June 3rd, 2010
This fall, the U.S. Supreme Court will once again hear the latest case (California's Schwarzenegger v. EMA) challenging the protected free speech status of video games. Like movies, music, books and other media, video games are currently protected under the First Amendment. But that could all change, says the Entertainment Consumers Association, given the interactive nature of the medium. Unless, of course, consumers help the industry protect the medium. Here's what you should know before the votes are cast:
Alienware Arena: What's so important about Schwarzenegger v. EMA?
Jason Andersen (director of public relations, ECA): While no case before the Supreme Court is simple, and this one is no exception, there are generally major themes under which the Court reviews a case. Here, the Supreme Court will basically be reviewing whether video games are to be protected as free speech under the First Amendment just like movies, music, books, comic books, magazines and other media art forms are. To be blunt, that’s important; it’s important to us and it’s important to you. It will affect how we do what we do in the industry, for publishers, for anyone working even tangentially for the industry, for retailers, and for consumers – all consumers of all ages,
The law in question makes the act of selling violent video games to minors a fine-able offense. It doesn’t rely on the current ESRB rating system to determine if a game is violent or not, but requires that the manufacturer itself label if a game meets the law's definition of being a violent video game or not; the definitions of violent are overly broad and confusing. The lower courts found that video games are protected; we hope the Supreme Court agrees.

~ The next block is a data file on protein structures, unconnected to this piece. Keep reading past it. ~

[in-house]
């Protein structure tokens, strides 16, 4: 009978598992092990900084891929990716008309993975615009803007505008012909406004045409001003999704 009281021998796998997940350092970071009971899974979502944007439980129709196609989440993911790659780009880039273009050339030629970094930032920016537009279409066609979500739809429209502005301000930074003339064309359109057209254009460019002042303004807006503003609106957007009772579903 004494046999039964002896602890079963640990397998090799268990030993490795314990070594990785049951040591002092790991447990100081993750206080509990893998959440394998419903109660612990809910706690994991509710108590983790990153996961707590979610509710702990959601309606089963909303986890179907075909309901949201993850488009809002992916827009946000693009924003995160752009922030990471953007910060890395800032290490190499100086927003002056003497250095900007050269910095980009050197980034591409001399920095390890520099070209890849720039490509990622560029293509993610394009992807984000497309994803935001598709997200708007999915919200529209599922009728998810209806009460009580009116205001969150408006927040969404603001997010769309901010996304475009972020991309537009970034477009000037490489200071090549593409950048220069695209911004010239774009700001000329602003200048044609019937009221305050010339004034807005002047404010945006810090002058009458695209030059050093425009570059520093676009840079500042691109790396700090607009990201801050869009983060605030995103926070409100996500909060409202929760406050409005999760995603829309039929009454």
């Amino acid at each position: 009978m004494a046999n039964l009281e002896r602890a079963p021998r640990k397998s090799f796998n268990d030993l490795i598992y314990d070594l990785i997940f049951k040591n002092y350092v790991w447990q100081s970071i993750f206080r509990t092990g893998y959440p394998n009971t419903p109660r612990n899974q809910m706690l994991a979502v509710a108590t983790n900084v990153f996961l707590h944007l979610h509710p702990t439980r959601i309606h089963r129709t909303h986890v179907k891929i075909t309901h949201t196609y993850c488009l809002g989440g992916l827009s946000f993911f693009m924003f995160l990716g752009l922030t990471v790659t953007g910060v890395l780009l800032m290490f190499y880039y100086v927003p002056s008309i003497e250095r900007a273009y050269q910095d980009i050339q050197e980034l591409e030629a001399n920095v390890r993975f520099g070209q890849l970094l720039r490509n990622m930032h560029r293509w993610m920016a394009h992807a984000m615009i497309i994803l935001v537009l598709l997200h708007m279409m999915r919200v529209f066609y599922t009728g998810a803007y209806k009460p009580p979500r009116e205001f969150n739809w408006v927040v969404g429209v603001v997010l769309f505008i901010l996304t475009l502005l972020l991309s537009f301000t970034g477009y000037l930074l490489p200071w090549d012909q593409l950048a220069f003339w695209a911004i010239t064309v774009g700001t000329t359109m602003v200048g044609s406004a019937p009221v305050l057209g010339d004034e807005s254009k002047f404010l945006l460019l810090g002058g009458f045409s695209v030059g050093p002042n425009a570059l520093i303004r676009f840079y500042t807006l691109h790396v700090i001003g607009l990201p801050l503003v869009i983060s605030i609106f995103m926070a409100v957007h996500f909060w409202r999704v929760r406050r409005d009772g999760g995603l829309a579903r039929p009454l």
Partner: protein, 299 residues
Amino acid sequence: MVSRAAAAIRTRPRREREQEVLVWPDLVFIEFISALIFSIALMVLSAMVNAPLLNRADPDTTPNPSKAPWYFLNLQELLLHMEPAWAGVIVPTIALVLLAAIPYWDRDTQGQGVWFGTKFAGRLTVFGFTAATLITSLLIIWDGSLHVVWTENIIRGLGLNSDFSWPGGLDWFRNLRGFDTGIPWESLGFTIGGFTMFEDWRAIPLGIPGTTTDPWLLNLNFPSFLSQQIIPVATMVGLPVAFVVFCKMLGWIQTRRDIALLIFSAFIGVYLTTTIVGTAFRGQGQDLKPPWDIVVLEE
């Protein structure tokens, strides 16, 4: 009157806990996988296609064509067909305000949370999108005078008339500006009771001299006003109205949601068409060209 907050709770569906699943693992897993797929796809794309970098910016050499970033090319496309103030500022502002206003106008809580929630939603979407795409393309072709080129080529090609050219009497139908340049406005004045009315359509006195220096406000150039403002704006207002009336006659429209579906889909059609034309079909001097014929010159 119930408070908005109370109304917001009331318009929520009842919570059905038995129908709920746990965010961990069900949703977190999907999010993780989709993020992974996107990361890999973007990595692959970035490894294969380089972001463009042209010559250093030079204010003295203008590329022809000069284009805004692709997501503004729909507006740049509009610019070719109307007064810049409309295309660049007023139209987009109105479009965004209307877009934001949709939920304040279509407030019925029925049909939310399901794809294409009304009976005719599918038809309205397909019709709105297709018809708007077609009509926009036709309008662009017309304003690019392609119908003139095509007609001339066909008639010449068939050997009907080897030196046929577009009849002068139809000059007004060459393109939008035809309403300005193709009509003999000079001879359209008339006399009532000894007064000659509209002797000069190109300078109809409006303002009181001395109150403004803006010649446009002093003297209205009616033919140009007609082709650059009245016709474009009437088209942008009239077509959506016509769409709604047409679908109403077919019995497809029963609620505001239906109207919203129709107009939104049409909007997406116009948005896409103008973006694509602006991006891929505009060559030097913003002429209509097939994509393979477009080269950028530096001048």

What could happen if the court disagrees? Would it get kicked back to California? Will nationwide gamers be immediately impacted?
The bill’s sponsor, Senator Leland Yee, has vowed to create another piece of legislation, should this one not pass muster. His stance, generally, is that games should be treated differently from music and movies and all other forms of art and entertainment, because of the interactive nature of the medium. So he’d take what their legal team will learn from this case and try to apply it to a hypothetical next bill. Localities and states across the nation would do similarly. Every year there are approximately 30 such bills now, so should Yee’s position pass at the Supreme Court, we can anticipate as many, or more bills, of increasingly draconian regulations. But I’d think that the negative PR he would receive from wasting even more of the State of California’s much-needed funding would be a deterrent at that point.
Calling this case "the single most important moment for gamers in history" is pretty bold. Surely other topics and Mortal Kombat cases were equally pivotal, no?
The hearings on Capitol Hill regarding Mortal Kombat were the impetus for the creation – and eventual success – of the industry’s trade association and the Entertainment Software Ratings Board (ESRB). In the documentary, “Moral Kombat,” Senator Joe Lieberman stated that if the game publishers had not self-regulated and taken the subsequent steps, he and the other politicians who participated would have imposed regulation. So yes, that was a very important moment for us all. But a negative turn-out in this U.S. Supreme Court case could have negative consequences that span further than I’d like to consider. In short, losing would likely open the floodgates for more regulation, more legislation and – perhaps most importantly – remove games from being identified as digital entertainment and art, like music and movies, and instead have them viewed as harmful and dangerous substances like alcohol and tobacco, or even more stringently than firearms, which are protected under the Second Amendment. The ripple effects of losing could be staggering for us all.